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The International Energy Agency recently confirmed dread-worthy news that carbon emissions hit a record high in 2017. Scientists working in the cleantech space around the world are busy trying to find ways to slow — or eliminate — the upward trajectory of carbon emissions and other harmful environmental developments. Some are already turning to artificial intelligence to solve the world’s energy efficiency challenges. However, any real progress in the global race to stem climate change’s environmental impact will require the best people and technology the world has to offer.
Data-driven technologies, like AI, can solve some big problems related to climate change. For instance, there is a huge public-private sector push in Canada underway to combine information and resources to tackle key areas including natural resources, food production, and the environmental impacts of mining, energy production, and power generation. Canada is not alone in looking to AI for answers. In fact, AI has become at least part of the answer to global issues from eliminating workplace biases to feeding communities in recent years.
Survival depends on noble tech talent
Across North America, clean energy providers already benefit from increased access to consumer data and connections to machine learning technology that heats homes, trades electricity, boosts wind power production, and keeps pipelines safe. One of the first things Ontario did when it launched a “green bank” last year was to give away 100,000 smart thermostats in an effort to change consumption habits in favor of sustainability.
However, there is a different kind of energy crisis looming in the region: talent. Successful deployment of AI for cleantech in North America, and globally, relies on a constant stream of people from diverse backgrounds and with specific expertise to flourish.
Personally, I think that developing technology for cleantech is more rewarding — and, frankly, more important — than for consumer or enterprise IT purposes because it directly involves world-saving work. The cleantech industry needs a noble crop of people to develop algorithm-driven systems that pull data from diverse, trusted sources and ensure the integrity of that information as it’s applied to industry-specific work. The main difficulty resides in understanding how to attract and retain talent that could find potentially higher paying or more luxurious work elsewhere in the technology community.
Achieving a diverse, AI-savvy talent pipeline within industries — from mining to energy to agriculture — will advance efforts to minimize global footprints and maximize local benefits. The world needs our best and brightest people working on scalable solutions for energy efficiency, food distribution, and natural resource conservation.
The AI-driven future of global sustainability
Applying AI systems to cleantech pursuits introduces efficiencies that help the industry produce more by using fewer resources. Agricultural organizations can tap AI systems to grow and process more food using less energy, water, and fertilizer. Mining companies can extract more minerals and metals from the ground more securely while using less fuel and producing less waste. But AI’s impact gets even more compelling when you look at the energy sector.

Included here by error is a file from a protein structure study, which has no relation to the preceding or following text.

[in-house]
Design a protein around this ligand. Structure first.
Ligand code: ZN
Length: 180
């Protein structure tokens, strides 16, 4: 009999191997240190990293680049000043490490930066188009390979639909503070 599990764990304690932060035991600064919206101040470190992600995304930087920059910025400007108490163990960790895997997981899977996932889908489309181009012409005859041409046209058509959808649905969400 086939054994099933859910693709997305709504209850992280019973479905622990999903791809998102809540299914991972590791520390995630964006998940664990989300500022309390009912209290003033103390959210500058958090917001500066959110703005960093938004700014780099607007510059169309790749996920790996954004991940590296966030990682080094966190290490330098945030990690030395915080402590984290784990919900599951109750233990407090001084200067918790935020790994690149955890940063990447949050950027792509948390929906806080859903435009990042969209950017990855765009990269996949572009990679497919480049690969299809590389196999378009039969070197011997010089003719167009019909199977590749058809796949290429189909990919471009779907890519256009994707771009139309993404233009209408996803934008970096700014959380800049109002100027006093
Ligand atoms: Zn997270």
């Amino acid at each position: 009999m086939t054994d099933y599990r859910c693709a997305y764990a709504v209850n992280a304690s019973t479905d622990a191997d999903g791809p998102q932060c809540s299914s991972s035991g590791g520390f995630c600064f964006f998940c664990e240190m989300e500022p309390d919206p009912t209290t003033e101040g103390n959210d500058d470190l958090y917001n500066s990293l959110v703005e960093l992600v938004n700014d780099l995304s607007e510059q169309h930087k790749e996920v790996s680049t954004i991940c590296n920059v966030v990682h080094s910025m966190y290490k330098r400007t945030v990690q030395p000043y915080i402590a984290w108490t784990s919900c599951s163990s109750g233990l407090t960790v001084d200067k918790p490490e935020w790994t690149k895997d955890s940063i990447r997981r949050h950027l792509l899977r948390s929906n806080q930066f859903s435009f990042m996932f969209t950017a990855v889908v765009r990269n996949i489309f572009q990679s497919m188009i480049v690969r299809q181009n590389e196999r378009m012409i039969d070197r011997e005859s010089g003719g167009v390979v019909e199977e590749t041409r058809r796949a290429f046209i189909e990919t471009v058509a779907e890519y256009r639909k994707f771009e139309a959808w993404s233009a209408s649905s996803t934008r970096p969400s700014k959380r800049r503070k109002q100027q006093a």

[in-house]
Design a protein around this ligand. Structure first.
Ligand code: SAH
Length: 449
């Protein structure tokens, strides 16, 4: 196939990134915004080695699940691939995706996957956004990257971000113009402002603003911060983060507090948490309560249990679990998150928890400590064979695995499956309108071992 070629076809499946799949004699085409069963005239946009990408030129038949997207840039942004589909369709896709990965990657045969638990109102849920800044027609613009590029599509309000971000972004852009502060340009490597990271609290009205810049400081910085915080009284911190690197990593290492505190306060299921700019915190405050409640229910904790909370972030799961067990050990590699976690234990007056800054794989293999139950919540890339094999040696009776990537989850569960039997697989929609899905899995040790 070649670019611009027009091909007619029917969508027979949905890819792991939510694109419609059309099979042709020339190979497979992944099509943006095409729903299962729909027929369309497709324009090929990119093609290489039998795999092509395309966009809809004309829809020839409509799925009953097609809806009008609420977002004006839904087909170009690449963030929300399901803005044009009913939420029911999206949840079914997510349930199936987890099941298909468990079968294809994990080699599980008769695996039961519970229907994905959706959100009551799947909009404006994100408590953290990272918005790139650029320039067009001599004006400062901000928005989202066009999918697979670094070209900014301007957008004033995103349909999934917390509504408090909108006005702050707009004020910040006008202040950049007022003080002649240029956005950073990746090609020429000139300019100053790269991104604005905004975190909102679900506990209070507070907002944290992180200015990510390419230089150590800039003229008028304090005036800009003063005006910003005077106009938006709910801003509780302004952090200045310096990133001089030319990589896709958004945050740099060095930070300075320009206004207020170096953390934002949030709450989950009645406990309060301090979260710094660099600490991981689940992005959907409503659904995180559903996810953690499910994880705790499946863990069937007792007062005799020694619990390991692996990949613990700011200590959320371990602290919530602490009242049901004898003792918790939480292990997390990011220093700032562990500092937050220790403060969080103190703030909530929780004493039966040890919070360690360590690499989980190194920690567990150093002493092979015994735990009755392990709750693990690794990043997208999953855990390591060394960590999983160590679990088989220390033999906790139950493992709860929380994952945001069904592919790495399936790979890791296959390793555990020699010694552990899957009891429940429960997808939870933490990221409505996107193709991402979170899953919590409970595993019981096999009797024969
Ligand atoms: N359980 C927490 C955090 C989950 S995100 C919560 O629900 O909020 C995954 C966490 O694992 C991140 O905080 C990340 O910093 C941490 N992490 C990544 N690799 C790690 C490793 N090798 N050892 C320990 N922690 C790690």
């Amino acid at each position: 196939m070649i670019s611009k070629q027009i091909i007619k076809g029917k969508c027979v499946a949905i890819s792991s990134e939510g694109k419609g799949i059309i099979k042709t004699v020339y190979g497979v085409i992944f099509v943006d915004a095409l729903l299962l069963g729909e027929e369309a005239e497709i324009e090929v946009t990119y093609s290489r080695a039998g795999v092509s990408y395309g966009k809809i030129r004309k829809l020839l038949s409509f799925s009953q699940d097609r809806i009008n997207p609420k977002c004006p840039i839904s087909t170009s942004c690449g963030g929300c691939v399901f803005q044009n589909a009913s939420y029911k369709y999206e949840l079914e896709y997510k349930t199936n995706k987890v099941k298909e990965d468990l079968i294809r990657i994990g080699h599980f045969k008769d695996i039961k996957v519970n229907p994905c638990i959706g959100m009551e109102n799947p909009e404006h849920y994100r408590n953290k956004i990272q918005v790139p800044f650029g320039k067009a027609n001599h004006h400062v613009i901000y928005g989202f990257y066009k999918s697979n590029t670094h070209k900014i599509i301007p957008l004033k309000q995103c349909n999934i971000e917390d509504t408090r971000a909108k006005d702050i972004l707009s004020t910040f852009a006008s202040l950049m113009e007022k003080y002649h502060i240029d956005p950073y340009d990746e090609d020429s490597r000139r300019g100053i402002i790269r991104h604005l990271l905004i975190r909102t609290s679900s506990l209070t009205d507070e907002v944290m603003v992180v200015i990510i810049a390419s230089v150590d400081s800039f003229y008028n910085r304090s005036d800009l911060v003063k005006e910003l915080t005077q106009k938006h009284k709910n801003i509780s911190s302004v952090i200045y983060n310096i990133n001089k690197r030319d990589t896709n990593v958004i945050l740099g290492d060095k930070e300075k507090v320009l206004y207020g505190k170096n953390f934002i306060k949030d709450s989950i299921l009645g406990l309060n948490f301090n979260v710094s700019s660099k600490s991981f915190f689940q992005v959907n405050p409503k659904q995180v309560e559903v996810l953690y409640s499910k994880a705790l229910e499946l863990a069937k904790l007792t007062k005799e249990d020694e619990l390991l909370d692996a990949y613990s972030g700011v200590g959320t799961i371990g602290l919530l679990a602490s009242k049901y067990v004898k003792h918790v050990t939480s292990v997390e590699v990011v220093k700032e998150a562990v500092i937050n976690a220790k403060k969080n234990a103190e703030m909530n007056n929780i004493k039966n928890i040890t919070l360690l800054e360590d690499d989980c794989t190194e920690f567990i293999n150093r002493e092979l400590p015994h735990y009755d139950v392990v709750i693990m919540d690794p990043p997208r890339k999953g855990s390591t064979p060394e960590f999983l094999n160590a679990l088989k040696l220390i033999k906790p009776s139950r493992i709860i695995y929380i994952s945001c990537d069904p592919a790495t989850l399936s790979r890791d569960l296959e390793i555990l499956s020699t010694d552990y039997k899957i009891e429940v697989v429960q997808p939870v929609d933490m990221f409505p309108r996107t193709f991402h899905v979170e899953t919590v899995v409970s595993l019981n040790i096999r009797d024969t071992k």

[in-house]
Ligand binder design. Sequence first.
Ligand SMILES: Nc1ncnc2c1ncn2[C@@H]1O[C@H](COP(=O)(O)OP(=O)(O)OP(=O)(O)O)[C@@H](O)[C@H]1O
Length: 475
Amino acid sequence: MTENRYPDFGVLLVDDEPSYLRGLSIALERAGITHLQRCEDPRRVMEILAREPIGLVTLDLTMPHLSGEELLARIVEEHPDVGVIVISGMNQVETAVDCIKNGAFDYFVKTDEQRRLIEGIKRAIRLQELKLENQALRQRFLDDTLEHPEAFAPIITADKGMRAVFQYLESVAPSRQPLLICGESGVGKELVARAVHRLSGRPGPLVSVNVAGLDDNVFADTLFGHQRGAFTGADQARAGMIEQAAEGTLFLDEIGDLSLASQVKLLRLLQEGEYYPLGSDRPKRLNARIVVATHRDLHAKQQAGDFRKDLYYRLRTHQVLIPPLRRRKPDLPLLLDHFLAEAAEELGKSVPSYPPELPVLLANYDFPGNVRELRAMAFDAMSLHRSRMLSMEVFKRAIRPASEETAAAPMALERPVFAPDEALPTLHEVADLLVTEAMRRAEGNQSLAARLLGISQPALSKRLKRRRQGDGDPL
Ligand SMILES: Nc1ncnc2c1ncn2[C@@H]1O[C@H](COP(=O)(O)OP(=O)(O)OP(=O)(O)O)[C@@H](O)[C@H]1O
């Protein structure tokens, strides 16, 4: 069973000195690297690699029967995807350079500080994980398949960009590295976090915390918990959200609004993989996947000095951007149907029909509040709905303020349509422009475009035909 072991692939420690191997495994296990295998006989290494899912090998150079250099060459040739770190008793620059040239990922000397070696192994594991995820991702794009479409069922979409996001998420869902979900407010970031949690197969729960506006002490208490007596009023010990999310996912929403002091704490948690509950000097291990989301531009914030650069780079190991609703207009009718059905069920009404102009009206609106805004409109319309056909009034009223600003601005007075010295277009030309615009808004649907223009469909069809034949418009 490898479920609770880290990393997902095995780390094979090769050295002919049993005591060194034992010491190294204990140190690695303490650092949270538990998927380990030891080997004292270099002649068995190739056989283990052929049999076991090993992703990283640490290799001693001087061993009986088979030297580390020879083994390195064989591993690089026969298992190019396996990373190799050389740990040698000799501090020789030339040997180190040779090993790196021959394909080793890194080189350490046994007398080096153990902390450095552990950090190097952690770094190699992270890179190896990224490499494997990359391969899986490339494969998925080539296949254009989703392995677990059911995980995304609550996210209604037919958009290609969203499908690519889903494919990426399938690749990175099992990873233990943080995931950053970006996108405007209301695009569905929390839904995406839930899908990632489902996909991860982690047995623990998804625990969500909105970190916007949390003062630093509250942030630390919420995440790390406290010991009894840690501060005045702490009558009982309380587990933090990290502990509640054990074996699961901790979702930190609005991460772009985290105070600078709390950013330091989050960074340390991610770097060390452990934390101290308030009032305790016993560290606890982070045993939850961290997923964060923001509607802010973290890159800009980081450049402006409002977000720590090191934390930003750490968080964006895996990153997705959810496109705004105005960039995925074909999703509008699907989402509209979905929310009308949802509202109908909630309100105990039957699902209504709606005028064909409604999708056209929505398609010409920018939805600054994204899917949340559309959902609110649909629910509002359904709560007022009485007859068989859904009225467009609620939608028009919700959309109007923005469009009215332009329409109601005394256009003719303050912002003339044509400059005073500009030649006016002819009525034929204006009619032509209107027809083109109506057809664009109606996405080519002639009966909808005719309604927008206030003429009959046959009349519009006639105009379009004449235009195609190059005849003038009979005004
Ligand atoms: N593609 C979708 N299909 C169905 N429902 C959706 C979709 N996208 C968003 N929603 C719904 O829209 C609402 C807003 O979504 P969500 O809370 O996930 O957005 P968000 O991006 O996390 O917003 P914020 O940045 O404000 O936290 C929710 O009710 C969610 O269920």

AI helps utilities and companies monitor the integrity of pipelines, speeds up the development of nuclear fusion power, and makes it possible for intelligent infrastructure to interact with power grids. AI is helping alternative energy companies efficiently draw consumer-ready energy out of solar and wind farms. Data analyzed by AI-driven systems also helps providers predict when power plant equipment needs maintenance so they can repair issues before system failures occur.
Global companies like General Electric are using AI to boost different forms of energy production and pull from tech-driven data reports to anticipate performance and maintenance needs around the world. Here in North America, companies like Canvass Analytics and Rockwell Automation are applying AI to connect industrial plant operations to the Internet of Things and improve system efficiencies across cleantech industries. Meanwhile, algorithm-driven technologies, like The MineSense System and Goldspot‘s machine learning platform, are starting to change how mining, mineral exploration, and natural resources companies secure and adjust operations that affect the environment. Big data-driven smart devices, like the thermostats from Ecobee and Nest, are starting to transform consumers’ relationship with energy, especially as Canada makes the transition to a low-carbon economy.
Homegrown AI workers can change the world
North America — thanks in part to Canada’s connected AI research community and the U.S.’ geographically expanding technology industry — offers the quality of life, infrastructure, and talent necessary to fuel industries tapping emerging technologies like AI to make a global impact. I am hopeful that the same will be true for cleantech, an industry that needs a diverse, eager, and noble community to solve complex problems with global relevance.
Specifically, we need to grow, and sustain, a community of dedicated AI developers who create and innovate upon AI-driven systems that transform critical cleantech industries, energy consumption habits, and people’s lives around the world. Our future might depend on it.
Jane Kearns is a senior advisor for cleantech at Toronto-based MaRS Discovery District. Kearns is also the cofounder of the CanadaCleantech Alliance and a board director at the Water Technology Acceleration Project (WaterTAP).
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